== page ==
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Inner Compass Part II

img  Tobias Fischer

Alien frequencies: Invisible Ear
It is one of the intriguing discontinuities of Butcher's discography how recognisable Fixations feels compared to 13 Friendly Numbers – and how completely alien it sounds when placed to Butcher's next solo effort, Invisible Ear, only released a mere two years later. Part of this may be down to the album constituting a natural counter-reaction to its predecessor, to the desire of engaging in more compositional approaches after the pure improv stance of Fixations. And yet, there is more to the story than that. If Fixations feels like the personal diary of an artist operating in a realm of his own, Invisible Ear is a statement about how much Butcher was listening to what was happening around him, incorporating ideas and concepts of his band efforts into his solo playing and putting his finger to the pulse of the times. One part of it was the emergence of an aesthetic of quietude, slow movements and isolated sounds in Berlin, Tokyo and Vienna, which would leave its mark on the entire improv scene. Semi-seriously referred to by Noël Akchoté, in onomatopoetic terminology, as the "shhhfllllfffwsshhhpfft school of improvisation" it would lead many to reconsider the once self-evident modes of interaction within a group. Whereas, to some, these were fascinating, game-changing developments, Butcher wasn't entirely positive about the consequences. While he, in an essay for the book Reduktion, admitted to having enjoyed many performances of the music, he also considered it as an issue that this new approach of projecting single tones into the space resulted in a music in which the performers were frequently operating with too many unspoken, but ultimately agreed-upon rules for them to truly break new ground. On Invisible Ear, nonetheless, goals like transparency and attention to detail became more important than ever, resulting in a sound that was at once dynamic and tranquil, deep and direct.

The other decisive influence was the advent of electronics. Of course, Butcher had been no stranger to them before beginning to work with Polwechsel. In fact, in his early phase, his ideal had been to replicate the radical cutting techniques of experimental electro-acoustics and transfer them to his personal domain. Later, in some of his solo performances, he had simply inserted a mic into his sax bell and connected it to an amp to create volatile feedback mechanisms. It was a risky modus operandi and one which he had taken great care not to allow to turn into a circus act. Now, however, his perspective on electronics was changing: "I'd used it a bit on Fonetiks with Chris Burn in '84 - but found it didn't sit very well with acoustic instruments and it felt too inflexible for responding to my partners at the time. It cropped up solo now and then like on 13 Friendly Numbers and some concerts. Working with small amplified sounds came in again through playing in the electromanipulation duo with Phil Durrant - where, because of the signal processing, small sounds were suddenly on the same footing as more conventional saxophone volumes. And, also, this music tended to evolve more slowly. The qualities of slower evolution and low volumes must be what led me to work with more of this in Polwechsel - although it has to be said that most of Polwechsel 2 and 3 is acoustic playing (plus electric guitar) with merely some file playback. More generally, taking my sounds into the world of loudspeakers makes more of a point of contact with electronics players. It's a different quality of sound."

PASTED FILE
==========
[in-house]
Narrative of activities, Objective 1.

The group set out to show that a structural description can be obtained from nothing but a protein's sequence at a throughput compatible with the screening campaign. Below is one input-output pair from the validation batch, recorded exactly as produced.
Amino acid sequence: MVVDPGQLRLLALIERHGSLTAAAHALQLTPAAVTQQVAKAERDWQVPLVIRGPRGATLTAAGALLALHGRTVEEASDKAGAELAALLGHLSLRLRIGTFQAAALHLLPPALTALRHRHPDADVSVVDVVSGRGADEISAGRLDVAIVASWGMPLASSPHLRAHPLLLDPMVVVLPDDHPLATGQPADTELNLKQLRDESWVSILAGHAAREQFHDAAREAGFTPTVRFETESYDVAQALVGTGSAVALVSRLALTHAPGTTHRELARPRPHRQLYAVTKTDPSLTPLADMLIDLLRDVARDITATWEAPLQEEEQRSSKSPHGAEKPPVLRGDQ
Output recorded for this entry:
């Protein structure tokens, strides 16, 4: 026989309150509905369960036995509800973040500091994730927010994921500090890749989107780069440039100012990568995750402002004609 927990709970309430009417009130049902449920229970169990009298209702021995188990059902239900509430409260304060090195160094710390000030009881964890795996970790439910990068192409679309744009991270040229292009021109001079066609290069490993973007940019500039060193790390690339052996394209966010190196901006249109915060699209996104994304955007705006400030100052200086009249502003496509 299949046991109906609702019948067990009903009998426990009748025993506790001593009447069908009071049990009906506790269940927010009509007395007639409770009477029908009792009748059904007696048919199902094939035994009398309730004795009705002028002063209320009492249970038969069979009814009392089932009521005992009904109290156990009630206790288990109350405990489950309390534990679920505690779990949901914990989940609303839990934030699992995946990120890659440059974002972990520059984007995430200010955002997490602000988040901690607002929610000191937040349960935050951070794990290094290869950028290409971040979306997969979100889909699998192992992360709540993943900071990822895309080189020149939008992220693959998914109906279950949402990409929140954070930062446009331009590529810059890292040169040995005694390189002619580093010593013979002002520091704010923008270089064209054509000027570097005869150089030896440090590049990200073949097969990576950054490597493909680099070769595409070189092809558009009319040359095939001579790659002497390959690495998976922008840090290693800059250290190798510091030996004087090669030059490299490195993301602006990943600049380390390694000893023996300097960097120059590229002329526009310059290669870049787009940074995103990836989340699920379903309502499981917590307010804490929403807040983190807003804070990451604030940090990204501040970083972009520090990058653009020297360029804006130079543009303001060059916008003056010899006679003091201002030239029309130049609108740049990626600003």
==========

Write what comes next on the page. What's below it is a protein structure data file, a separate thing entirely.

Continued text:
Effectively, one could say that in many cases his techniques were direct responses to electronics. And nowhere was this more apparent than on Invisible Ear. "Swan Style" was a response to signal generators, Butcher working with lip sounds whilst inhaling and amplifying them with the body of the sax. "Cup Anatomicals" referenced filtering, saliva sounds being filtered by the acoustic sax body through fingerings. And the otherworldly airstreams of "Dark Field" are derived from extremely quiet tones, with which, as Butcher puts it, "you notice the air more - and start to notice the pitch of the air sounds." As more and more electronic producers were discovering the beauty of software mistakes and glitches, Butcher was doing the same in the realm of hardware. "The sounds are a bit like the "unwanted" ones a conventional player half hears when playing quietly. You have to be right next to the instrument", he tells me, then sighs: "Unfortunately - I've got to say that some of these have become an annoying cliché with some players in recent years." At the time of the album's release, however, they still sounded excitingly fresh. In his review of Invisible Ear, Stuart Broomster claimed that some pieces resembled "nothing so much as a bank of oscillators", while Joe Panzner discovered "a new facet of the saxophonist’s work found somewhere between the lab coat tweaking of his Polwechsel work and the marine biology of Erstwhile’s Wrapped Islands". Panzner's evaluation that the record extends "equal nods to science and poetry" was particularly astute, confirming Invisible Ear as completing the gradual process of transformation started over the course of the 90s.

In many respects, the album fulfilled a mission. Contrary to many of his colleagues, who seemed to regard the solo setting as the most important territory, as a special occasion and the ideal opportunity to leave their mark, Butcher would increasingly come to regard them as fleeting moments which only on later reflection and in rare cases contained the potential to reveal something substantial about him as a performer or music in general. Even his much-acclaimed Resonant Spaces CD happened more by accident than as the result of meticulous planning and only after a befriended musician had been so enthusiastic that Butcher felt compelled to release it. Increasingly, his approach to solo playing became similar to that of his ensemble playing: A sometimes complex and sometimes straight-forward, but always challenging encounter with the moment, the performance space, the audience, his instrument and last but not least himself. As Andy Moor puts it: "John is one of the few improvisers I know who can do both solo and group improvisations equally well. In a group situation, he listens and he makes other musicians sound good, he leaves space and takes risks and his timing is pretty amazing. He is trying to make brilliant music whether it's solo or in a group and he succeeds again and again."